Dante Gabriel Rossetti, ‘Paolo and Francesca da Rimini’, 1867, watercolour, gouache and gum arabic over pencil on 2 sheets of paper, 43.7 x 36.1 cm, National Gallery of Victoria, Melbourne.

Dante Gabriel Rossetti, ‘Paolo and Francesca da Rimini’, 1867, watercolour, gouache and gum arabic over pencil on 2 sheets of paper, 43.7 x 36.1 cm, National Gallery of Victoria, Melbourne.

Paolo and Francesca da Rimini depicts a moment of passion in the medieval tale of the forbidden love of Francesca da Rimini and her brother-in-law Paolo Malatesta. Dante Gabriel Rossetti (1828-82), with his Italian blood and intense passion for poetry, was particularly fascinated by stories taken from medieval European literature featuring ‘fallen women’, femme fatales and tragic lovers. The lovers in this painting kiss as they sit in a sun-lit alcove, ignoring the message in the book they have been reading about the adulterous love between the knight, Sir Lancelot, and King Arthur’s wife, Guinevere. Francesca was married to Paolo’s brother, Giovanni, who murdered them both when he found them in Francesca’s bedroom. The story relates to Dante Alighieri’s meeting of the doomed lovers as he passes through Hell in the first volume (Inferno) of the medieval Italian poet’s Divine Comedy. A translation of this Canto is inscribed on the lower edge of the finely carved frame, which references the beginnings of the Arts & Craft movement and the importance of craftsmanship in an increasingly mechanised world.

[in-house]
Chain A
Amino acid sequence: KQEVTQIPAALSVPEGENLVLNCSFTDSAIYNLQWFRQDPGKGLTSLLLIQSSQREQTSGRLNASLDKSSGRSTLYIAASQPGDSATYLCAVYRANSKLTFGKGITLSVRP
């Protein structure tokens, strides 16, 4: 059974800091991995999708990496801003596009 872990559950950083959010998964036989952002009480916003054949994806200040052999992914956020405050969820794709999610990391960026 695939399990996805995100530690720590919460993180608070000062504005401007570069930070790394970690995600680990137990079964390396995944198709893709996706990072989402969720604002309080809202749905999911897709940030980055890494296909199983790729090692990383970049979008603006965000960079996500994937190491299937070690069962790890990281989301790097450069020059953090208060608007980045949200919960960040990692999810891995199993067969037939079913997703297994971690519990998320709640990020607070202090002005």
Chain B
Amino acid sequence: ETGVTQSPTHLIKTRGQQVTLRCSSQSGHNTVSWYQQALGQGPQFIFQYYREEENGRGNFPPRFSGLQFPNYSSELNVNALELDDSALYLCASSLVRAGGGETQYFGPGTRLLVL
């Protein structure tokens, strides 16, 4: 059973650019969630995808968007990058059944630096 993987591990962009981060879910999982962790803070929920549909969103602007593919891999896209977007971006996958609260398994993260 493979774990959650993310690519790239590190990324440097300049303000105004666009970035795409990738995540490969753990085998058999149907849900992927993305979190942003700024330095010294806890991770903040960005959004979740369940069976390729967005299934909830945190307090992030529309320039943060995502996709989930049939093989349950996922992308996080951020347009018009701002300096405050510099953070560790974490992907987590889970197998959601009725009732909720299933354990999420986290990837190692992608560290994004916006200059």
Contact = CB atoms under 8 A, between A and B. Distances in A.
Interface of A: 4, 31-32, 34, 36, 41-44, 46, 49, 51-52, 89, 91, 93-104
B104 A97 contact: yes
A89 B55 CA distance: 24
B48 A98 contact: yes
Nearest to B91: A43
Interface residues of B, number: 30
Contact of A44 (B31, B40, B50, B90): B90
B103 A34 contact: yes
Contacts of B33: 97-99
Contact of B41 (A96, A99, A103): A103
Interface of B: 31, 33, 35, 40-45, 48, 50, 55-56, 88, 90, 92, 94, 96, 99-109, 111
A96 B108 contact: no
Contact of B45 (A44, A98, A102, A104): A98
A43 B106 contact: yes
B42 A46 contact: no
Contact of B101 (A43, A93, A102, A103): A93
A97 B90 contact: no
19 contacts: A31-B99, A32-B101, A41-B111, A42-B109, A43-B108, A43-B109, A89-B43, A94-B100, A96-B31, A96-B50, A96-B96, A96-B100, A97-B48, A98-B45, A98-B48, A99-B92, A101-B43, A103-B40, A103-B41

Rossetti sketched the work in pencil, before applying layers of watercolour and thick pigments of opaque gouache to create depth as well as a soft, dream-like effect. This build-up of pigments and layers of varnish on a white ground gave the early Pre-Raphaelite paintings a luminescence (we will see another example in the fourth room).

Thomas Malory’s fifteenth-century text Morte d’Arthur inspired Rossetti, and he produced designs for the illustrated edition of Tennyson’s Morte d’Arthur published by Edward Moxon in May 1857, of which there are some remarkable examples displayed in the third room. Rossetti was obsessed with the love triangle between King Arthur, Sir Lancelot and Queen Guinevere, which included passion and adultery, and ended in the ruin of Camelot. The male-dominated Victorian society maintained strict moral codes and gender roles and women were dependent on men to support them financially; the ‘fallen woman’ was unfairly dealt with. It was a time when the dominant ideal of womanhood was the pure ‘angel in the house’: wife, daughter, mother. Malory’s fatalistic vision that nobly conceived ideals cannot survive the failings of human nature was attractive to Pre-Raphaelite painters.